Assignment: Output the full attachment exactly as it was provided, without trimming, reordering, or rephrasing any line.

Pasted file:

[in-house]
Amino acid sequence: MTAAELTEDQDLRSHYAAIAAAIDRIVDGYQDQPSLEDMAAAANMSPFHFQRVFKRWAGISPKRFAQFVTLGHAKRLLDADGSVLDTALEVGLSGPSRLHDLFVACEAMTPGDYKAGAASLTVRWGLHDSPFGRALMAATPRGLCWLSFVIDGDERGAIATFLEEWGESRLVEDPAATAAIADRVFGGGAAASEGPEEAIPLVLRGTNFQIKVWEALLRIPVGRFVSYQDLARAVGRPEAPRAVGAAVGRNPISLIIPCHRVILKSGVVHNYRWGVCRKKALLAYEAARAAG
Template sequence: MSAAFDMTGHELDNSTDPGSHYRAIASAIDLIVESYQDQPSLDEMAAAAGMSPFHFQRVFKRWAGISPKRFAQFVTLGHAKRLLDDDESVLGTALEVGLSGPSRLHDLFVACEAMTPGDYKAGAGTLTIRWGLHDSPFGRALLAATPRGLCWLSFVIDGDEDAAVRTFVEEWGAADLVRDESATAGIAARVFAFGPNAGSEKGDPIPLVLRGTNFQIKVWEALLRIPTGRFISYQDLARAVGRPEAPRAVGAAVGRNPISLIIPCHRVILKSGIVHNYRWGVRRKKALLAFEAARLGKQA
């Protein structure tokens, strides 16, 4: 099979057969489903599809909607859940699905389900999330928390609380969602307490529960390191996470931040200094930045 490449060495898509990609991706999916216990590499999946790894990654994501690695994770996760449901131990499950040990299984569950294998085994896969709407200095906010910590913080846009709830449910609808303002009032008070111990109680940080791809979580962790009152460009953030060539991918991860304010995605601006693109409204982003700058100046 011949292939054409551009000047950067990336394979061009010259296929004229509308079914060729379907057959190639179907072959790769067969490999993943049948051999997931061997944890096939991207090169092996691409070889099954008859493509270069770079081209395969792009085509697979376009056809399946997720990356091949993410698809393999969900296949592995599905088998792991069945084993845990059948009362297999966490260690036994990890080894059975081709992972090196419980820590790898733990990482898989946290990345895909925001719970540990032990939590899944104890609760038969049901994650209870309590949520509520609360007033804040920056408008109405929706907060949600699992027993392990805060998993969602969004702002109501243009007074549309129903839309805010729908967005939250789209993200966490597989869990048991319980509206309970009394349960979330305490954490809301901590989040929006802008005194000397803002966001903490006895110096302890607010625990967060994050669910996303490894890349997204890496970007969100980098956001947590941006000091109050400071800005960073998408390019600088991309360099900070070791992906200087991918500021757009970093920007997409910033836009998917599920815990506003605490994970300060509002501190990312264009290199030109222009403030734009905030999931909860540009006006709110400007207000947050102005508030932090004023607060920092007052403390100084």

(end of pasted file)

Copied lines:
[in-house]
Amino acid sequence: MTAAELTEDQDLRSHYAAIAAAIDRIVDGYQDQPSLEDMAAAANMSPFHFQRVFKRWAGISPKRFAQFVTLGHAKRLLDADGSVLDTALEVGLSGPSRLHDLFVACEAMTPGDYKAGAASLTVRWGLHDSPFGRALMAATPRGLCWLSFVIDGDERGAIATFLEEWGESRLVEDPAATAAIADRVFGGGAAASEGPEEAIPLVLRGTNFQIKVWEALLRIPVGRFVSYQDLARAVGRPEAPRAVGAAVGRNPISLIIPCHRVILKSGVVHNYRWGVCRKKALLAYEAARAAG
Template sequence: MSAAFDMTGHELDNSTDPGSHYRAIASAIDLIVESYQDQPSLDEMAAAAGMSPFHFQRVFKRWAGISPKRFAQFVTLGHAKRLLDDDESVLGTALEVGLSGPSRLHDLFVACEAMTPGDYKAGAGTLTIRWGLHDSPFGRALLAATPRGLCWLSFVIDGDEDAAVRTFVEEWGAADLVRDESATAGIAARVFAFGPNAGSEKGDPIPLVLRGTNFQIKVWEALLRIPTGRFISYQDLARAVGRPEAPRAVGAAVGRNPISLIIPCHRVILKSGIVHNYRWGVRRKKALLAFEAARLGKQA
């Protein structure tokens, strides 16, 4: 099979057969489903599809909607859940699905389900999330928390609380969602307490529960390191996470931040200094930045 490449060495898509990609991706999916216990590499999946790894990654994501690695994770996760449901131990499950040990299984569950294998085994896969709407200095906010910590913080846009709830449910609808303002009032008070111990109680940080791809979580962790009152460009953030060539991918991860304010995605601006693109409204982003700058100046 011949292939054409551009000047950067990336394979061009010259296929004229509308079914060729379907057959190639179907072959790769067969490999993943049948051999997931061997944890096939991207090169092996691409070889099954008859493509270069770079081209395969792009085509697979376009056809399946997720990356091949993410698809393999969900296949592995599905088998792991069945084993845990059948009362297999966490260690036994990890080894059975081709992972090196419980820590790898733990990482898989946290990345895909925001719970540990032990939590899944104890609760038969049901994650209870309590949520509520609360007033804040920056408008109405929706907060949600699992027993392990805060998993969602969004702002109501243009007074549309129903839309805010729908967005939250789209993200966490597989869990048991319980509206309970009394349960979330305490954490809301901590989040929006802008005194000397803002966001903490006895110096302890607010625990967060994050669910996303490894890349997204890496970007969100980098956001947590941006000091109050400071800005960073998408390019600088991309360099900070070791992906200087991918500021757009970093920007997409910033836009998917599920815990506003605490994970300060509002501190990312264009290199030109222009403030734009905030999931909860540009006006709110400007207000947050102005508030932090004023607060920092007052403390100084």